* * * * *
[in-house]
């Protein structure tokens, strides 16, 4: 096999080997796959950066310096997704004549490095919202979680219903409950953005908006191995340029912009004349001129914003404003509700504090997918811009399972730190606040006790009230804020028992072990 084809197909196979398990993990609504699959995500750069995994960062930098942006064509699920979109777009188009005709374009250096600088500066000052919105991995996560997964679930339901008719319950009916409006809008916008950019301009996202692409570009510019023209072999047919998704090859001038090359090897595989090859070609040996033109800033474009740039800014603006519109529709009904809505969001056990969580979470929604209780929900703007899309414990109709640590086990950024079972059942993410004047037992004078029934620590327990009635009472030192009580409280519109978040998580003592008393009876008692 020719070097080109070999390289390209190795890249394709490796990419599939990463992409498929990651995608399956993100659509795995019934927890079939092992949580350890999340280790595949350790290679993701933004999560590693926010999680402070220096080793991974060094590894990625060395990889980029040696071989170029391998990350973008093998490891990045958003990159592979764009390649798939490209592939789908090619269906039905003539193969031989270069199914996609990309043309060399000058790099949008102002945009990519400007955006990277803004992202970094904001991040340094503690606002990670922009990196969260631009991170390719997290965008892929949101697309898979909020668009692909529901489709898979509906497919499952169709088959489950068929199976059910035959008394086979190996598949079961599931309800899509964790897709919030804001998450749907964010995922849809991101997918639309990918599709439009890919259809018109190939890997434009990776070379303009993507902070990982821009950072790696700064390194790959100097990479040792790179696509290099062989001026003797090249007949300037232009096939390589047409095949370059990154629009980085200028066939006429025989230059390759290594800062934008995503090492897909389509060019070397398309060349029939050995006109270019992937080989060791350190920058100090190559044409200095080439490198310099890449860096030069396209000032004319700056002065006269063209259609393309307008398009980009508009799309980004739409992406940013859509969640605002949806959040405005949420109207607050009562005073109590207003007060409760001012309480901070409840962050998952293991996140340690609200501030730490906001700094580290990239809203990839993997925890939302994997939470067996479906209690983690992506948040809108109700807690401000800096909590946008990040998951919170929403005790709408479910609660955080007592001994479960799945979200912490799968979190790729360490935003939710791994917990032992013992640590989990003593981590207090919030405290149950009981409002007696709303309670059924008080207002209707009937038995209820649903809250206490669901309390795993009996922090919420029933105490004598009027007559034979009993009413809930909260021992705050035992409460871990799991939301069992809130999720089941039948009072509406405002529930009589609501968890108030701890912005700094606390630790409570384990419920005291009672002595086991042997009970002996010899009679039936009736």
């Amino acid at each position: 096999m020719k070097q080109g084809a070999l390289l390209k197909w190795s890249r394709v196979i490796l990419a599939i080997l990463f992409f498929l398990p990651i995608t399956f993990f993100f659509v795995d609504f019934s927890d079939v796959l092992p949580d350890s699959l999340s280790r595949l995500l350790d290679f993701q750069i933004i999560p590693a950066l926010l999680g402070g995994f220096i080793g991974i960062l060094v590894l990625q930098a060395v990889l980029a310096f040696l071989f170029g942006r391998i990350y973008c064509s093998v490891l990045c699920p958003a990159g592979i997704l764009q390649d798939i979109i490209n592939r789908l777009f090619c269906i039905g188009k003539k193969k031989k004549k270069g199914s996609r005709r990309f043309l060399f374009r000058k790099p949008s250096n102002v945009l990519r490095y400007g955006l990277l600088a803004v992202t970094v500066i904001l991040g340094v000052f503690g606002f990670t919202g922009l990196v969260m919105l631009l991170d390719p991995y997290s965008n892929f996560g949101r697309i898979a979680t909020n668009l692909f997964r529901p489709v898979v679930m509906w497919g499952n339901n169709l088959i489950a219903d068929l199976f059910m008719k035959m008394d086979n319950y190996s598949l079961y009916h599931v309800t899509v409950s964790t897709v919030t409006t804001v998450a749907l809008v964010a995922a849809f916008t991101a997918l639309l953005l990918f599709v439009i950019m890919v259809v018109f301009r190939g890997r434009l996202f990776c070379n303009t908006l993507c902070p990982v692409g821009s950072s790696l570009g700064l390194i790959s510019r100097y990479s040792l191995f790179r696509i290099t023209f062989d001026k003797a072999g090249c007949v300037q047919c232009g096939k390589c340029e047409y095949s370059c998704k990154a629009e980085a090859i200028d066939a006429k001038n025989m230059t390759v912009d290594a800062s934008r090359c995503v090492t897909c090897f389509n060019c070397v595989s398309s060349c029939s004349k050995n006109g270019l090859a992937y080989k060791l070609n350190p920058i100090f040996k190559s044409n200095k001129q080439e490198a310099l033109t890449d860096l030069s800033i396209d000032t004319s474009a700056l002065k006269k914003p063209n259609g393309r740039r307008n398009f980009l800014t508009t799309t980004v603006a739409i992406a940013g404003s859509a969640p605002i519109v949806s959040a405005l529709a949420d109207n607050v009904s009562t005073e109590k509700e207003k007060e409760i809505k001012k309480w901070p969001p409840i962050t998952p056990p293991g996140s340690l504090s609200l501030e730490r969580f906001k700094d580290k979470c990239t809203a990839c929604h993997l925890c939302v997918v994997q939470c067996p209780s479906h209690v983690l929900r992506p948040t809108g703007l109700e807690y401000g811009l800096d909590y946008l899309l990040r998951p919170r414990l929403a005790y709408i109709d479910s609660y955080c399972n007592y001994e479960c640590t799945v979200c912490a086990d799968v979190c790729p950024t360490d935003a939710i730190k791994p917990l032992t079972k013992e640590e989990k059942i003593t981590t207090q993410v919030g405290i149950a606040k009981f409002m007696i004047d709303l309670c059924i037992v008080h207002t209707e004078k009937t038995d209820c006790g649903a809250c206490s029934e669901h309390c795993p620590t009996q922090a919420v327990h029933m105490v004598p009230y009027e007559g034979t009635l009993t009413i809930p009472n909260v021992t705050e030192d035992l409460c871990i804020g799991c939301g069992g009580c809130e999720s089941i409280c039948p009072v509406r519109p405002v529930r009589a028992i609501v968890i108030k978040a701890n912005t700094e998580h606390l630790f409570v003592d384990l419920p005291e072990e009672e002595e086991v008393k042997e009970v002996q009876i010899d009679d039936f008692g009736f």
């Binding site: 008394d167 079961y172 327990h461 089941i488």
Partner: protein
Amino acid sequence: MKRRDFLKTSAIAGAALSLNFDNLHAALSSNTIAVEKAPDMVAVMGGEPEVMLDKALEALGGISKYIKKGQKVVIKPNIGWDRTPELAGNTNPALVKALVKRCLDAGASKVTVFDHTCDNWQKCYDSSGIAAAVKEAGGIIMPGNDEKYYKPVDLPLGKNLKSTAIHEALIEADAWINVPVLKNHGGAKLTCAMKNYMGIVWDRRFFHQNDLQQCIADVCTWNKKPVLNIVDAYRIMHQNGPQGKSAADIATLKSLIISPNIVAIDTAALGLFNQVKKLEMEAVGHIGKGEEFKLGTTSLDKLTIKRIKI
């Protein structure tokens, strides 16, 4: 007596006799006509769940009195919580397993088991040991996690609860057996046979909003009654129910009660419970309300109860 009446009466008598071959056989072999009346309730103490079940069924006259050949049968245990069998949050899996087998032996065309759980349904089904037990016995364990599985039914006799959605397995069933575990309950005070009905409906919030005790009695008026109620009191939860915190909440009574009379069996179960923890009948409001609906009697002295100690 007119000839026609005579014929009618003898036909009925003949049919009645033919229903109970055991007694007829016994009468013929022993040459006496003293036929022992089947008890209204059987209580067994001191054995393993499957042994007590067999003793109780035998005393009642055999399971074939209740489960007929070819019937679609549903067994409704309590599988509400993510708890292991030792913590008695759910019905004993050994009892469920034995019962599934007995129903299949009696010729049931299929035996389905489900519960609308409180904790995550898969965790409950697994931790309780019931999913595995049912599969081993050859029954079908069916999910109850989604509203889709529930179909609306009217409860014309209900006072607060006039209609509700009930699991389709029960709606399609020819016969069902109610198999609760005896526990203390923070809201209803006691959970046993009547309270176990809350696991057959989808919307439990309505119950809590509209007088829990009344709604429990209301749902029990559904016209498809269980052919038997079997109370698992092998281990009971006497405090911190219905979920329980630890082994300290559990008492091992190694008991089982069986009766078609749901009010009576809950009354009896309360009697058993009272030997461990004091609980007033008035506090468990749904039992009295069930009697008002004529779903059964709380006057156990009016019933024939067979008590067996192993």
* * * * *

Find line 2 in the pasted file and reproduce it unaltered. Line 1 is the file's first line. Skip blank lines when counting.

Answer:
């Protein structure tokens, strides 16, 4: 096999080997796959950066310096997704004549490095919202979680219903409950953005908006191995340029912009004349001129914003404003509700504090997918811009399972730190606040006790009230804020028992072990 084809197909196979398990993990609504699959995500750069995994960062930098942006064509699920979109777009188009005709374009250096600088500066000052919105991995996560997964679930339901008719319950009916409006809008916008950019301009996202692409570009510019023209072999047919998704090859001038090359090897595989090859070609040996033109800033474009740039800014603006519109529709009904809505969001056990969580979470929604209780929900703007899309414990109709640590086990950024079972059942993410004047037992004078029934620590327990009635009472030192009580409280519109978040998580003592008393009876008692 020719070097080109070999390289390209190795890249394709490796990419599939990463992409498929990651995608399956993100659509795995019934927890079939092992949580350890999340280790595949350790290679993701933004999560590693926010999680402070220096080793991974060094590894990625060395990889980029040696071989170029391998990350973008093998490891990045958003990159592979764009390649798939490209592939789908090619269906039905003539193969031989270069199914996609990309043309060399000058790099949008102002945009990519400007955006990277803004992202970094904001991040340094503690606002990670922009990196969260631009991170390719997290965008892929949101697309898979909020668009692909529901489709898979509906497919499952169709088959489950068929199976059910035959008394086979190996598949079961599931309800899509964790897709919030804001998450749907964010995922849809991101997918639309990918599709439009890919259809018109190939890997434009990776070379303009993507902070990982821009950072790696700064390194790959100097990479040792790179696509290099062989001026003797090249007949300037232009096939390589047409095949370059990154629009980085200028066939006429025989230059390759290594800062934008995503090492897909389509060019070397398309060349029939050995006109270019992937080989060791350190920058100090190559044409200095080439490198310099890449860096030069396209000032004319700056002065006269063209259609393309307008398009980009508009799309980004739409992406940013859509969640605002949806959040405005949420109207607050009562005073109590207003007060409760001012309480901070409840962050998952293991996140340690609200501030730490906001700094580290990239809203990839993997925890939302994997939470067996479906209690983690992506948040809108109700807690401000800096909590946008990040998951919170929403005790709408479910609660955080007592001994479960799945979200912490799968979190790729360490935003939710791994917990032992013992640590989990003593981590207090919030405290149950009981409002007696709303309670059924008080207002209707009937038995209820649903809250206490669901309390795993009996922090919420029933105490004598009027007559034979009993009413809930909260021992705050035992409460871990799991939301069992809130999720089941039948009072509406405002529930009589609501968890108030701890912005700094606390630790409570384990419920005291009672002595086991042997009970002996010899009679039936009736």